Soup ladles are made from many different types of materials, including plastic, wood, silicone, aluminum, and stainless steel. Some kinds of materials will eventually discolor depending on what foods you use the ladle for. Other materials, like wood, require a bit more care and cleaning. Metals, like stainless steel, are easy to clean.
When ready to serve soups, stews, or drinks, it's handy to have a ladle that was designed with a hooked end on it. That way, the ladle doesn't fall into the pot and is readily available for the next serving round. A ladle with a spout can make it easier to pour liquid. When choosing a ladle, try to think of all you will, or could be, using it for before you buy one.
Ladles can have features including being heat-resistant, stain-resistant, dishwasher-safe, and rust-resistant; some come with a lifetime warranty. These can be great features for a ladle to have. How many of you can relate to having a ladle, or another kitchen utensil, that once upon a time was a gorgeous shade of light blue, for instance, until you dipped it into a tomato-based sauce? That's why the stain-resistant feature should be on your checklist. There are even ladles that have marked measurement amounts, so you know the volume of whatever is in your ladle. Decide what all you need, take note, and check it off your list.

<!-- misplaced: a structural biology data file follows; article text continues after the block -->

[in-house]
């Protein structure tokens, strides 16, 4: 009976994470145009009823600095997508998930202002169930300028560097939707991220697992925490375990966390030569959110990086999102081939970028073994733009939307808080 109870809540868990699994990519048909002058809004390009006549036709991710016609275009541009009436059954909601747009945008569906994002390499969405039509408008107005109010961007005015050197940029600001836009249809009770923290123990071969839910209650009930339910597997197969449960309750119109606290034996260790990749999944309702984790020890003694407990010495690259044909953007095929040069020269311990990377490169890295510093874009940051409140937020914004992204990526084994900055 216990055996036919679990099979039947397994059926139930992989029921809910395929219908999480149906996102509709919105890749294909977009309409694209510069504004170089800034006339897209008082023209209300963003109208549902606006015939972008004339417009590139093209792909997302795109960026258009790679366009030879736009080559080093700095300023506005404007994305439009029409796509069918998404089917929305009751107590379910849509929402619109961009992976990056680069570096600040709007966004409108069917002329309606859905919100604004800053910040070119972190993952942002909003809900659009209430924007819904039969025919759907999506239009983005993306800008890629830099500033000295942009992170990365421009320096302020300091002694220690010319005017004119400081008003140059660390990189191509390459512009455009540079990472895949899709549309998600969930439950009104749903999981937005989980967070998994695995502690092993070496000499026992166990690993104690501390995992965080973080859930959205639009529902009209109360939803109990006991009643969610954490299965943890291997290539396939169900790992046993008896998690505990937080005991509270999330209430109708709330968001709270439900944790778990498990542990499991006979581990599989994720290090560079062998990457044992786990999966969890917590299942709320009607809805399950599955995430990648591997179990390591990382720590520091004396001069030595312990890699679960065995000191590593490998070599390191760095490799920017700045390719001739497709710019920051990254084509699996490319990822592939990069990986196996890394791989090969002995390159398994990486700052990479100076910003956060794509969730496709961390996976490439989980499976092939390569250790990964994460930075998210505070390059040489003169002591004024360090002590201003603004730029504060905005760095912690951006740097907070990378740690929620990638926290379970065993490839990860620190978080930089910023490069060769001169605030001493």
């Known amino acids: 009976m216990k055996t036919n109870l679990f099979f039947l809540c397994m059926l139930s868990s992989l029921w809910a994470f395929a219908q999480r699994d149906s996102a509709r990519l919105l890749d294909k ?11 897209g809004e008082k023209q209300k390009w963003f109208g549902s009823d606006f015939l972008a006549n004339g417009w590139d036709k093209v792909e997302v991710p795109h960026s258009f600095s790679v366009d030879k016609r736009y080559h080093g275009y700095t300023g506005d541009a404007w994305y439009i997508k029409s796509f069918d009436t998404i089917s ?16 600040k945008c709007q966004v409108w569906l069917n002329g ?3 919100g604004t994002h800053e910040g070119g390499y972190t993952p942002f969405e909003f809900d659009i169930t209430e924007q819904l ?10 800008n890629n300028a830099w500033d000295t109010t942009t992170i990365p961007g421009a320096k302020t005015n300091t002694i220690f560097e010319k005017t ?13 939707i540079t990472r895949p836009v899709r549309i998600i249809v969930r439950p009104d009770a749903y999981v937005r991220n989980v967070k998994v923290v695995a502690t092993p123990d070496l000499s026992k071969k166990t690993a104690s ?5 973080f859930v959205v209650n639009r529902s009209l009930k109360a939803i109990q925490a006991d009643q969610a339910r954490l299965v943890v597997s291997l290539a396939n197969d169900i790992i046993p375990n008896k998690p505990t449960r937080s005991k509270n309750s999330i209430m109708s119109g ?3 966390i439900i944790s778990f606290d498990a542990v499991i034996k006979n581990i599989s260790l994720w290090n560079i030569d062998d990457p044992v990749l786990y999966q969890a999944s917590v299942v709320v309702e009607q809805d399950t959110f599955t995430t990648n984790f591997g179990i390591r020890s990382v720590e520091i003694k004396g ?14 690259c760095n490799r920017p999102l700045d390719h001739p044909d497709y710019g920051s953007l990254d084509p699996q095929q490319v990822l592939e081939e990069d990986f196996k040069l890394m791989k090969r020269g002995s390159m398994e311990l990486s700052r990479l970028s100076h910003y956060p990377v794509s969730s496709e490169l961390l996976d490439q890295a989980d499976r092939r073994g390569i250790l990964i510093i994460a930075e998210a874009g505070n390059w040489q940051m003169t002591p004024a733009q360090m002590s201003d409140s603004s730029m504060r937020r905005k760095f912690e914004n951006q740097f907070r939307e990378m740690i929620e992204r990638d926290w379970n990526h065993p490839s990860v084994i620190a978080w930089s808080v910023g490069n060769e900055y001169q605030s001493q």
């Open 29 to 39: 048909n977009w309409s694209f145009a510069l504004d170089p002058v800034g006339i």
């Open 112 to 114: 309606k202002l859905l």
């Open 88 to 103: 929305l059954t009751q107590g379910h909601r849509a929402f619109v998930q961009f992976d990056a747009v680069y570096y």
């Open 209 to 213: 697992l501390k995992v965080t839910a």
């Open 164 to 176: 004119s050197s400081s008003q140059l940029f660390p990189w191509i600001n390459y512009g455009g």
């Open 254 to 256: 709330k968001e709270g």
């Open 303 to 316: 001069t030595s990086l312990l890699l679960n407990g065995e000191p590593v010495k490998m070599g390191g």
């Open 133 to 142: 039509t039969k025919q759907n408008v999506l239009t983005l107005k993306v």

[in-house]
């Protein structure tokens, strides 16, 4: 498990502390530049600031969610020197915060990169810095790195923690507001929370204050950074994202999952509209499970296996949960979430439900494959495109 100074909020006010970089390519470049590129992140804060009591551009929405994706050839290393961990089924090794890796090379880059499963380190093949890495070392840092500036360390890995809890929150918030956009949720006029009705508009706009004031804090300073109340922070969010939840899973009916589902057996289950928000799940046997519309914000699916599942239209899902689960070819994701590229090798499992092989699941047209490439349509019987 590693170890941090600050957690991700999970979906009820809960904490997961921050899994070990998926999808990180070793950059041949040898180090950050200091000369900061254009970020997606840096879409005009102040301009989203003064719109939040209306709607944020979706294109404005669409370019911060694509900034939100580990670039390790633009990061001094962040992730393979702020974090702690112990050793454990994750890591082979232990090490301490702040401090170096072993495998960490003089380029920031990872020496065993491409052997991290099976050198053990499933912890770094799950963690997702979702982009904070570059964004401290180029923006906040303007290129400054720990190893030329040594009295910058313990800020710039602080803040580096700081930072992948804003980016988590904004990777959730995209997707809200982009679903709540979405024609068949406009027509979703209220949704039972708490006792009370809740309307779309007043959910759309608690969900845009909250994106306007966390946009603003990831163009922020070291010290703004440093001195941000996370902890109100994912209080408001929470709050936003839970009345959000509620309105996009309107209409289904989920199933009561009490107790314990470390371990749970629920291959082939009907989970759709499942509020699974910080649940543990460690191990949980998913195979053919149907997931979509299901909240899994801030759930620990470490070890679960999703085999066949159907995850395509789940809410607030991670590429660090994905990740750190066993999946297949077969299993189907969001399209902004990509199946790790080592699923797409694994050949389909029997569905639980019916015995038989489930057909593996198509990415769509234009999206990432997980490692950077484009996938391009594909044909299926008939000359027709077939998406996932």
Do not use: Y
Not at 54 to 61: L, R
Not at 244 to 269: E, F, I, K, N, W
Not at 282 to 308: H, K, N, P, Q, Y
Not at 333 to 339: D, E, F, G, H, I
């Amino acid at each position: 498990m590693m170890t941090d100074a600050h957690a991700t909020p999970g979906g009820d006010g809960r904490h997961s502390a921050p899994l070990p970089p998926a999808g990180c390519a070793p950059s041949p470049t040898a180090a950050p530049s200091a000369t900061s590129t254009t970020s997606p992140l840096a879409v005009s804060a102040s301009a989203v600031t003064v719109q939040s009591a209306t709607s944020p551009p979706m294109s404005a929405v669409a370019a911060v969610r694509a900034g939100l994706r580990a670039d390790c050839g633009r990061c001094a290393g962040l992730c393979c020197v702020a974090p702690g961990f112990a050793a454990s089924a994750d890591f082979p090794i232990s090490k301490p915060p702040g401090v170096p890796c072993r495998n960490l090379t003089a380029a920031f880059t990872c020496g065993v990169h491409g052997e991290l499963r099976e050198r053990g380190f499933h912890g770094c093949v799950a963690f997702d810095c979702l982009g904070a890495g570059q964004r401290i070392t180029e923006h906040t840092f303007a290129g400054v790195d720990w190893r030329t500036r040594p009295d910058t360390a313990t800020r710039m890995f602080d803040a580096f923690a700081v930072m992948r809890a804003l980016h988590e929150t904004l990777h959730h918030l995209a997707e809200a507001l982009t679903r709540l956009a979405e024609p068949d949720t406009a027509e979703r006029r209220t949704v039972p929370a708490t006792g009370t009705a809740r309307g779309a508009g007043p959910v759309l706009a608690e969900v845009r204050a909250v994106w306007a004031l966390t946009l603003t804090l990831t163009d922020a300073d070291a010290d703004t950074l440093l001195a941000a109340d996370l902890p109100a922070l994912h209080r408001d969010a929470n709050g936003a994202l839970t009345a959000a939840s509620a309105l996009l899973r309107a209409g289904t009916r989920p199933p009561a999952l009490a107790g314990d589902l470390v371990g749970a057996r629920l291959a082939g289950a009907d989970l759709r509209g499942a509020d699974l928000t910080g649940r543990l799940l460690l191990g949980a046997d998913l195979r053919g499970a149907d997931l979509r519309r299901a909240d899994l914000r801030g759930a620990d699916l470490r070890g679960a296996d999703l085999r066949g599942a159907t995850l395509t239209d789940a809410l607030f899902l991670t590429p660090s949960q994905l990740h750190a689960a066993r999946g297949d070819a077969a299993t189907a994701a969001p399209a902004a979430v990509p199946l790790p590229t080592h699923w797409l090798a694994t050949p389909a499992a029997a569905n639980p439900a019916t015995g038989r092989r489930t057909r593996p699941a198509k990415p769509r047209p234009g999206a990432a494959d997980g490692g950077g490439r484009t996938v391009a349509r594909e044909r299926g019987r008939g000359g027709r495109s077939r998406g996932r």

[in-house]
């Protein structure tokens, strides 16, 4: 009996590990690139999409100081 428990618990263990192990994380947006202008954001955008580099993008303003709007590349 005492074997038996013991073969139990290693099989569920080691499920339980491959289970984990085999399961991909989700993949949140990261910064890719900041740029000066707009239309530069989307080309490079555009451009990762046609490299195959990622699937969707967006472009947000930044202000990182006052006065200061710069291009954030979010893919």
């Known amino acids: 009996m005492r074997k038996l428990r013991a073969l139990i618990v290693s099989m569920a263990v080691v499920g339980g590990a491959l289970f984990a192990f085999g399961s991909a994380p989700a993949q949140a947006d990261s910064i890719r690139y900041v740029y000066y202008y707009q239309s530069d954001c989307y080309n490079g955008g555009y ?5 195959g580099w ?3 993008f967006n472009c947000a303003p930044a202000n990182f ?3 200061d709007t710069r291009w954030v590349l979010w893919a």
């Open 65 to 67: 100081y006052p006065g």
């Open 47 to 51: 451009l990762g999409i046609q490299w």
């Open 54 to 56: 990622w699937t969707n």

What can soup ladles be used for besides soup?
Soup ladles are not just for serving soup. Go ahead and use them for serving soup and other liquids, but ladles are also great for stirring liquids during cooking, putting liquids into containers for freezing, and skimming off the fat when making gravy, too.
How do you clean and care for a soup ladle?
Check the manufacturer's instructions, look on the ladle itself, and see if it's marked as dishwasher safe. Some are, and some aren't. If handwashing, you can wash your ladle with liquid detergent and hot water.
When were soup ladles created?
No one knows for certain, but it is thought that soup ladles originated sometime in the 1800s.
Why Trust The Spruce Eats?
This article was written by Danette St. Onge, formerly the Italian Food Expert for The Spruce Eats and a features editor at Cook’s Illustrated magazine (part of America’s Test Kitchen). An avid kitchen appliance and utensil junkie, she spends hours combing the internet, comparing options, reading reviews, and testing to find the best tool for every job.
Julie Laing has been a writer and editor for more than 25 years and published her first cookbook, The Complete Guide to Pickling, in 2020. Besides ladling pickle brine into jars, she regularly grabs a ladle when making cheese, stock, salsa, jam, and of course soup. Julie personally tested 15 of the ladles for this roundup.
3 Best Ladles 2022 Reviewed. Food Network. https://www.foodnetwork.com/how-to/packages/shopping/product-reviews/best-ladles
Food and Drug Administration. Bisphenol A (BPA): Use in food contact application.
Radulovic L, Wojcinski Z. PTFE (polytetrafluoroethylene; Teflon®). Encyclopedia of Toxicology (Third Edition). 2014; 1133-1136. doi.org/10.1016/B978-0-12-386454-3.00970-2